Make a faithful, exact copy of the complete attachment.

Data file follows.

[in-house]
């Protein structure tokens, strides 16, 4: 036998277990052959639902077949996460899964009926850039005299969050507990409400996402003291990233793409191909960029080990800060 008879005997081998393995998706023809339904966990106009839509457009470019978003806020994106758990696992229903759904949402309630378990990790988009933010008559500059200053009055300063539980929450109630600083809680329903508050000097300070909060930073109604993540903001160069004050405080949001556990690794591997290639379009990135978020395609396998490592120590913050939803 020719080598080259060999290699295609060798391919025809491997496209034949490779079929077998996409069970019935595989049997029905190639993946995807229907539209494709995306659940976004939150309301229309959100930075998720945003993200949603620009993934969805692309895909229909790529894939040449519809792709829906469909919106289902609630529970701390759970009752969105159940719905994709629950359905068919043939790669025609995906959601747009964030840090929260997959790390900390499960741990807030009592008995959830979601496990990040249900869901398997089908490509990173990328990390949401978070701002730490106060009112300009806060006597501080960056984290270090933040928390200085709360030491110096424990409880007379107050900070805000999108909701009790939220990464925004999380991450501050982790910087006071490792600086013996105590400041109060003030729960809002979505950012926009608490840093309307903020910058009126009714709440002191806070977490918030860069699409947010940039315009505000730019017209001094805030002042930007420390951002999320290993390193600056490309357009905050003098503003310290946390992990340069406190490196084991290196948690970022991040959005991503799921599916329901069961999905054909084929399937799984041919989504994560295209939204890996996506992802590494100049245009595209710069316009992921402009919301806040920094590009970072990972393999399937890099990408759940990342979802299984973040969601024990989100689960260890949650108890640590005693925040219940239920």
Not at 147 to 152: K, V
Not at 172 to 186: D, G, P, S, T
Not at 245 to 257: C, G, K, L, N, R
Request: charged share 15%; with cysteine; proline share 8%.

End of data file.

[in-house]
């Protein structure tokens, strides 16, 4: 036998277990052959639902077949996460899964009926850039005299969050507990409400996402003291990233793409191909960029080990800060 008879005997081998393995998706023809339904966990106009839509457009470019978003806020994106758990696992229903759904949402309630378990990790988009933010008559500059200053009055300063539980929450109630600083809680329903508050000097300070909060930073109604993540903001160069004050405080949001556990690794591997290639379009990135978020395609396998490592120590913050939803 020719080598080259060999290699295609060798391919025809491997496209034949490779079929077998996409069970019935595989049997029905190639993946995807229907539209494709995306659940976004939150309301229309959100930075998720945003993200949603620009993934969805692309895909229909790529894939040449519809792709829906469909919106289902609630529970701390759970009752969105159940719905994709629950359905068919043939790669025609995906959601747009964030840090929260997959790390900390499960741990807030009592008995959830979601496990990040249900869901398997089908490509990173990328990390949401978070701002730490106060009112300009806060006597501080960056984290270090933040928390200085709360030491110096424990409880007379107050900070805000999108909701009790939220990464925004999380991450501050982790910087006071490792600086013996105590400041109060003030729960809002979505950012926009608490840093309307903020910058009126009714709440002191806070977490918030860069699409947010940039315009505000730019017209001094805030002042930007420390951002999320290993390193600056490309357009905050003098503003310290946390992990340069406190490196084991290196948690970022991040959005991503799921599916329901069961999905054909084929399937799984041919989504994560295209939204890996996506992802590494100049245009595209710069316009992921402009919301806040920094590009970072990972393999399937890099990408759940990342979802299984973040969601024990989100689960260890949650108890640590005693925040219940239920």
Not at 147 to 152: K, V
Not at 172 to 186: D, G, P, S, T
Not at 245 to 257: C, G, K, L, N, R
Request: charged share 15%; with cysteine; proline share 8%.